Venus Express: up above the clouds so high
28 July 2014ESA's Venus Express spacecraft has climbed to a new orbit following its daring aerobraking experiment, and will now resume observations of this fascinating planet for at least a few more months.
The orbit-raising followed a month of aerobraking that saw the spacecraft surf in and out of the atmosphere at altitudes typically between 131 km and 135 km for a couple of minutes on each of its closest approaches to the planet.
Before, normal operations involved an elliptical orbit every 24 hours that took Venus Express from 66 000 km over the south pole down to around 250 km at the north pole, just above the top of the atmosphere.
But, after eight years and with propellant running low, the Venus Express team began a daring aerobraking campaign, dipping the craft progressively lower into the atmosphere on its closest approaches.
The experiment directly explored previously uncharted regions of the atmosphere, while also providing information on how a spacecraft responds when encountering the tenuous upper reaches of an atmosphere at high speed.
Aerobraking can be used to reduce the speed of a spacecraft approaching a planet or moon with an atmosphere, allowing it to be captured into orbit, and to move from an elliptical orbit to a more circular one. Less fuel has to be carried, yielding benefits all round. The technique will be used on future missions and the Venus Express experiments will help guide their design.
"We have collected valuable data on the Venusian atmosphere in a region difficult to characterise by other means," says Håkan Svedhem, ESA's Venus Express project scientist.
"The results show that the atmosphere seems to be more variable than previously thought for this altitude range, but further analysis will be needed in order to explain these variations properly."
Between altitudes of 165 km and 130 km, the atmospheric density increases by a factor of roughly a thousand, meaning that the forces and stress encountered by Venus Express were much higher than during normal operations.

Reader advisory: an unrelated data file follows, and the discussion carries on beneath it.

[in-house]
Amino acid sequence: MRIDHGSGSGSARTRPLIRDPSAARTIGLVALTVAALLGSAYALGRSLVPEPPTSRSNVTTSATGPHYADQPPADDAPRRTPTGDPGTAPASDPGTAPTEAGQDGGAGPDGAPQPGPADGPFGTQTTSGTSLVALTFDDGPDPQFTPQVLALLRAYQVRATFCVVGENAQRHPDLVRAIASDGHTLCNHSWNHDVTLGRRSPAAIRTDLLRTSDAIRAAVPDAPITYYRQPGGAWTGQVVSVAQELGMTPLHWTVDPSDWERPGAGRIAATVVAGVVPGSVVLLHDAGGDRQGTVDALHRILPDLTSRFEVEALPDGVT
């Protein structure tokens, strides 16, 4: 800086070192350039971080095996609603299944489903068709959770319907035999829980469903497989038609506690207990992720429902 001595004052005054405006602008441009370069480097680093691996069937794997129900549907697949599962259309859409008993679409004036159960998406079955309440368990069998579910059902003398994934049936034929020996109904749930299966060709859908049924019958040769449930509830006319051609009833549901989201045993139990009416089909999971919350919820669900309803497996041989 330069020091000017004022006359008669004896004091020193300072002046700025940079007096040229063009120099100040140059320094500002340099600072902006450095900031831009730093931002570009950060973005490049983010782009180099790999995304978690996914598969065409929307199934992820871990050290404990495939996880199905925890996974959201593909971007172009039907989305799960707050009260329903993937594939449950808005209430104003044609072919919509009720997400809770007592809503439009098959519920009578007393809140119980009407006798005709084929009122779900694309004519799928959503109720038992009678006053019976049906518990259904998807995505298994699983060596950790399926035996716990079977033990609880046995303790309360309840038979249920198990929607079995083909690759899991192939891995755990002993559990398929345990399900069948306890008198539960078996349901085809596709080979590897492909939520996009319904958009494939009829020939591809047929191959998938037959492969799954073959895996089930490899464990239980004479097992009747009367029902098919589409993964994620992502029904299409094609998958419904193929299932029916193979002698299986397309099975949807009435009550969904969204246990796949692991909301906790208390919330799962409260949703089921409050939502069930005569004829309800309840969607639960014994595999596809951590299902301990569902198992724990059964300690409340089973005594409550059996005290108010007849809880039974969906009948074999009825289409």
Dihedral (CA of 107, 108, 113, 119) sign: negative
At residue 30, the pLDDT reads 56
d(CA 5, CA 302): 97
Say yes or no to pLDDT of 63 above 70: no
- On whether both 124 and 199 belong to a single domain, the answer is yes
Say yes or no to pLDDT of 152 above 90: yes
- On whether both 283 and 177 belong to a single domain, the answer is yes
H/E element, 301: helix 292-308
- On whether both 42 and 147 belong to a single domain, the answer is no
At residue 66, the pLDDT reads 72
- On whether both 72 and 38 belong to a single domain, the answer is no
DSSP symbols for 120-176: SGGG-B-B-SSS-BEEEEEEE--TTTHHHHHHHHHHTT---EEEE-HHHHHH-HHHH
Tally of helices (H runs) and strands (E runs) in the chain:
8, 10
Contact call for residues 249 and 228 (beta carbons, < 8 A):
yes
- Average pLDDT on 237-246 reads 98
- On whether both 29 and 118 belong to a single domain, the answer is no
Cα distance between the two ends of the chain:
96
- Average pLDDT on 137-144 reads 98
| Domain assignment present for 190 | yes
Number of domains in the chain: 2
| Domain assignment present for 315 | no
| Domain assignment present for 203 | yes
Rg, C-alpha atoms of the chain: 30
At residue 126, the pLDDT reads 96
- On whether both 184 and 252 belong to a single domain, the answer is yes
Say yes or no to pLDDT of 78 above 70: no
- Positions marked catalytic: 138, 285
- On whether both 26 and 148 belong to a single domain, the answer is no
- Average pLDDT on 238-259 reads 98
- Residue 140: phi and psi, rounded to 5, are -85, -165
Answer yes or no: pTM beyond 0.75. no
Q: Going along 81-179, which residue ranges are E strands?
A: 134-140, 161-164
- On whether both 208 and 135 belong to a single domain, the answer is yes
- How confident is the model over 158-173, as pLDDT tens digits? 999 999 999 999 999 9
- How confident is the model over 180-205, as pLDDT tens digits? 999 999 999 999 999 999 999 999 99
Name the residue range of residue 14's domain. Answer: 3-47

It also experienced extreme heating cycles, with temperatures rising by over 100°C during several 100 second-long passages through the atmosphere.
In addition, the atmospheric drag at these lower altitudes was so great that the spacecraft's orbital period was reduced by more than an hour.
"The spacecraft has proven to be very robust and has apparently experienced no substantial degradation in any area, but a detailed evaluation is still to take place," says Joerg Fischer, Venus Express operations engineer.
At the end of the campaign, 15 thruster burns raised the craft's altitude, preventing it from dropping into the atmosphere. The last was executed on Thursday evening, boosting Venus Express to a new altitude of 460 km at its closest and 63 000 km at its furthest. This new orbit takes 22 hours 24 minutes to complete.
"During the 15 manoeuvres, each thruster fired more than 8000 pulses and burned a total of about 5.2 kg of propellant to raise the spacecraft to this new altitude," adds Joerg.
This orbit will slowly decay again under gravity, but with only a few kilograms of fuel at most now remaining further altitude-raising manoeuvres may not be possible. If no further corrections are made, Venus Express will probably reenter the atmosphere again in December, but this time for good, ending the mission.
In the meantime, having survived not only the aerobraking experiment but also the most recent orbit-raising manoeuvres, all of the science experiments will be reactivated, continuing their detailed study of Venus for at least a few more months.
"We are delighted with the success of the experimental aerobraking campaign, and are looking forward to assessing the details over the coming months," says Patrick Martin, mission manager.
"Meanwhile, we are enjoying the view from our new orbit around Venus, and plan to continue augmenting the scientific return of this exciting mission."
Notes for Editors
A final wrap-up will be provided at the end of the mission. Any interim reports will be provided via the Rocket Science blog and @esaoperations on twitter.
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(This article was originally published on ESA's Space Science Portal)